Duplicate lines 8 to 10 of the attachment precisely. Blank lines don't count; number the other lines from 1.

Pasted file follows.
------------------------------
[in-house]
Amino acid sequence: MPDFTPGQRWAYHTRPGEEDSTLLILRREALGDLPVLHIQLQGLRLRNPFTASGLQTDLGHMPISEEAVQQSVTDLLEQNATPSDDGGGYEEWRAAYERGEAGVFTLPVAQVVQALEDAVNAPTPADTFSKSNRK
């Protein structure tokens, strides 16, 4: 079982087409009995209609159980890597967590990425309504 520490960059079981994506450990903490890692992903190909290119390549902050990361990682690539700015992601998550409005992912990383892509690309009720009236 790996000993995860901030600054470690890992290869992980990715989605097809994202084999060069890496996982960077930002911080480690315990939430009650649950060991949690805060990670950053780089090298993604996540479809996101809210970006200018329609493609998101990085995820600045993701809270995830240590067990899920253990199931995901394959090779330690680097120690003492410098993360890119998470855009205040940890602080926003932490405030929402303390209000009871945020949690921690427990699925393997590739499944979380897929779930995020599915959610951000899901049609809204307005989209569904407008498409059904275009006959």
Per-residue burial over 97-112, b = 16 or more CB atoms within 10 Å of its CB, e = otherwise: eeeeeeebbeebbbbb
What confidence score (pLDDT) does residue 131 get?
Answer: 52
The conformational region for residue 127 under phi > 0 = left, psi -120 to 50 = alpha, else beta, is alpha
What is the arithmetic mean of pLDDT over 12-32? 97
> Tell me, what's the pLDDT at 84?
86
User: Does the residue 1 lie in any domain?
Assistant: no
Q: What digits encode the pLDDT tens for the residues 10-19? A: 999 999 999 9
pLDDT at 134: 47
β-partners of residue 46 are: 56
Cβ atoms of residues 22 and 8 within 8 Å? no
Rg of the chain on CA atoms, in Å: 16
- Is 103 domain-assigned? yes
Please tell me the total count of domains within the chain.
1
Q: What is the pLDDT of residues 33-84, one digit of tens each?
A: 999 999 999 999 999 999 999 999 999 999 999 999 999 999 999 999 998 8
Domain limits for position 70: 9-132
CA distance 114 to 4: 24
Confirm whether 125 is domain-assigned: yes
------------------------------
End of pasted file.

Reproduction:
What is the arithmetic mean of pLDDT over 12-32? 97
> Tell me, what's the pLDDT at 84?
86